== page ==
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The site does not allow the following characters: = ?<> ( ) ‘ " / \ &

It also limits maximum password length to 20 characters.

This makes me suspicious that they might be being stored in plain text and inputs aren't being sanitized properly. Is there any other reason for this type of restriction?

I don't think this is a duplicate of Why Disallow Special Characters In a Password? because this is a rather new website that doesn't (to my knowledge) need to integrate with any old financial systems.

  • 2
    Although the accepted answer deals with legacy systems, the other answers are applicable and they, too, answer your question. – schroeder Sep 25 '15 at 3:33
  • Those mostly seem to be about prohibiting non-ASCII characters, though, which isn't the case here. – user505255 Sep 25 '15 at 22:38
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Assuming they're storing their passwords hashed, a reasonable justification for restricting the sort of content that the password field is allowed to contain is simple input sanitization.

There are likely a set of rules that get applied everywhere unless the developer makes a special exception; that way the programmer doesn't have to remember to "turn the safety checks on" for a given component; everything is sanitized except where you have a justification for doing otherwise.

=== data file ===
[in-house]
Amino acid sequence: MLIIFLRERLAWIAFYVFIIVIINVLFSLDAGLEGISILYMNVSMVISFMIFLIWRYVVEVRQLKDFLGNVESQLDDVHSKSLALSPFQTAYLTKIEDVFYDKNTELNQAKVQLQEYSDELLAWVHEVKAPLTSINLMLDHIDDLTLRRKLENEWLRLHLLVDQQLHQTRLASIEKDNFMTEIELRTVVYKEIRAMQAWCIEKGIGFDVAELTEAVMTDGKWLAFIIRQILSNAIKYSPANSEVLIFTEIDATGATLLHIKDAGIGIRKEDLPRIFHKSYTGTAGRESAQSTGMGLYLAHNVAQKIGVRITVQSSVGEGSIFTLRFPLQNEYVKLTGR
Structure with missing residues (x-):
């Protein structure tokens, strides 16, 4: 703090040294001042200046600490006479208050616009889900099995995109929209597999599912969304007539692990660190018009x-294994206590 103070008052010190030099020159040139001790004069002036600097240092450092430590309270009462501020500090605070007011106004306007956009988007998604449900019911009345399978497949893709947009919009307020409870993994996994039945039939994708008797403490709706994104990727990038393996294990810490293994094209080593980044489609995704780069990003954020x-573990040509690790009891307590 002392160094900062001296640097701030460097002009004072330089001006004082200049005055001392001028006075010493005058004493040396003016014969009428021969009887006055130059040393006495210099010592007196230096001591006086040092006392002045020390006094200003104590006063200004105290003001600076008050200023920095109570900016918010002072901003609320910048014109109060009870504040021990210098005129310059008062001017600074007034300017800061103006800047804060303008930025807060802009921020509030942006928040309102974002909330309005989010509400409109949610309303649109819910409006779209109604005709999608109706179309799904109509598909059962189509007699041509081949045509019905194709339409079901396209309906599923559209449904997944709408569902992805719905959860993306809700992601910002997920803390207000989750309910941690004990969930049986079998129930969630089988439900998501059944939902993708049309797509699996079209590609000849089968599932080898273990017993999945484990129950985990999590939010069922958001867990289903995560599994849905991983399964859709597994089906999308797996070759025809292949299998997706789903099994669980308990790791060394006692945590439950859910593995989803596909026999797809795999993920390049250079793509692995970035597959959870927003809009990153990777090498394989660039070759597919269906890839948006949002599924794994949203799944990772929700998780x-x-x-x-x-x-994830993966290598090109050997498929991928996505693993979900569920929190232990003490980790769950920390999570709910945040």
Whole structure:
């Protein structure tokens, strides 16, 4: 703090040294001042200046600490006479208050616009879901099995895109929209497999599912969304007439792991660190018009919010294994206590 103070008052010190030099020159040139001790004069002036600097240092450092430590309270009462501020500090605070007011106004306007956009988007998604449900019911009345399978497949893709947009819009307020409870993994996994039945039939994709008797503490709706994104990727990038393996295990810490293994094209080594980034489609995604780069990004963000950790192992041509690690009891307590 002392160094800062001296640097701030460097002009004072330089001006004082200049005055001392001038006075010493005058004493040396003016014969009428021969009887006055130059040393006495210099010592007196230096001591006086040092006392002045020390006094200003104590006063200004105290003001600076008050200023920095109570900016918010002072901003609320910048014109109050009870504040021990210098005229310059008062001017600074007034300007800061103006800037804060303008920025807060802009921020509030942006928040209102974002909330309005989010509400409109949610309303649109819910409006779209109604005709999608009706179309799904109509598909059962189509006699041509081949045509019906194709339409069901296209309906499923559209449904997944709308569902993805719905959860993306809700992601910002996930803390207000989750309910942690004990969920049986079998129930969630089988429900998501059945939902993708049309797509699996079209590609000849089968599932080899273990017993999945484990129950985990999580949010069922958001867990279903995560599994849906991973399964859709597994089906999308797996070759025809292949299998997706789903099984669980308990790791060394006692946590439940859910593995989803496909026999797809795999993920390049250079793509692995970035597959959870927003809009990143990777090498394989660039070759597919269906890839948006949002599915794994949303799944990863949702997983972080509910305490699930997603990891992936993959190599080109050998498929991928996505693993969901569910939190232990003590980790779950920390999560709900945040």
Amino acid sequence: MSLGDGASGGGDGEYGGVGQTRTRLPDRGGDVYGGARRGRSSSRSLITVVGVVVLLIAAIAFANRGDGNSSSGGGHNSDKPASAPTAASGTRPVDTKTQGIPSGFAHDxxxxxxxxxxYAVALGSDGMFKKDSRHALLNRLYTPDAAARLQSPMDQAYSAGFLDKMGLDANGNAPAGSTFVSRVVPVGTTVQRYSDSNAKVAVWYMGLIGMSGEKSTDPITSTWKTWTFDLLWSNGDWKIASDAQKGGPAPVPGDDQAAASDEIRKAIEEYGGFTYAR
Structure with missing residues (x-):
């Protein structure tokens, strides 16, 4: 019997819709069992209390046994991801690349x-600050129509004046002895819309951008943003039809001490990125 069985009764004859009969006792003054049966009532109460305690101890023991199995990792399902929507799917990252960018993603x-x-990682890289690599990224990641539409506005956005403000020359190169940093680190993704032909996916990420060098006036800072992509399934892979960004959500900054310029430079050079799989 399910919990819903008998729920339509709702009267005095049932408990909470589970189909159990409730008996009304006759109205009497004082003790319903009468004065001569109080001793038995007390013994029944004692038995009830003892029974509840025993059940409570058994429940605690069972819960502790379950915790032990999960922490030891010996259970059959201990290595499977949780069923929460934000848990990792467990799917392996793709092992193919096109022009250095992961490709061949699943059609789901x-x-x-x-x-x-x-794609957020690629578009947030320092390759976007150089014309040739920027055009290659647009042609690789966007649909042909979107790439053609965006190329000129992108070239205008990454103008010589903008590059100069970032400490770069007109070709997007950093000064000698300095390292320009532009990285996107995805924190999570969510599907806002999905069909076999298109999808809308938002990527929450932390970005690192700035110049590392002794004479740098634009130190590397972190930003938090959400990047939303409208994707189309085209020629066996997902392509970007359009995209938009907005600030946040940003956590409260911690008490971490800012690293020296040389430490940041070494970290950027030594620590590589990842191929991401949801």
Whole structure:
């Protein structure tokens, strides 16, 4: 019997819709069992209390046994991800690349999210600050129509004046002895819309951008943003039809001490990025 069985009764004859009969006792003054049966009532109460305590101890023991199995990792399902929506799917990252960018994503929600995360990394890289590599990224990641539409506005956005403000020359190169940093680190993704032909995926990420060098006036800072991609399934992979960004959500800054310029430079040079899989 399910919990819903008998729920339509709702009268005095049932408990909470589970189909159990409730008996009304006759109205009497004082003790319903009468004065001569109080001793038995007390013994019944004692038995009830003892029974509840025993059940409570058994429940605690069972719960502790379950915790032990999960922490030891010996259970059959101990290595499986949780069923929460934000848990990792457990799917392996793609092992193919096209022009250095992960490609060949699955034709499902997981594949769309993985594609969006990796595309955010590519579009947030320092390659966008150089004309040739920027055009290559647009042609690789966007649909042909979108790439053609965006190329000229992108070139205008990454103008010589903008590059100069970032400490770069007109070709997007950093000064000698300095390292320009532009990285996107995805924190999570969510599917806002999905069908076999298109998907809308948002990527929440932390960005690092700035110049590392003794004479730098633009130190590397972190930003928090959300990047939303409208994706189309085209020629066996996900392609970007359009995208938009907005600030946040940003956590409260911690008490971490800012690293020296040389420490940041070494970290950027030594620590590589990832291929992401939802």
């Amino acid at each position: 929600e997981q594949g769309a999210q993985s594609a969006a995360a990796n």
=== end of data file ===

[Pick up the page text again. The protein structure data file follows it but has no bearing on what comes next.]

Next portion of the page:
The characters that are getting filtered out are frequently associated with injection attacks of various stripes, and there's no reason why you need to allow those characters in passwords, and with no justification for disabling the security checks, the default policy applies.

Why 20 characters? It was probably the default in some component library.

  • This seems plausible, and in the absence of any other explanation I'll accept it. It still seems reasonable to treat passwords as a special case of input to me, though. – user505255 Sep 25 '15 at 22:41
  • "there's no reason why you need to allow those characters in passwords" Sure there is. Increasing the keyspace and allowing the end user to choose whatever password is easiest for them to remember and hardest to guess. Which additionally makes it less likely they'll need to write down the password to remember it. – Parthian Shot Sep 28 '15 at 16:03
  • @ParthianShot The difference isn't significant enough to make any difference in terms of practical attacks. – tylerl Sep 28 '15 at 22:57
  • @tylerl Do you have data on that? Because I know from personal experience that limiting the characters I can use in passphrases leads me to use less secure passphrases. – Parthian Shot Sep 29 '15 at 19:13

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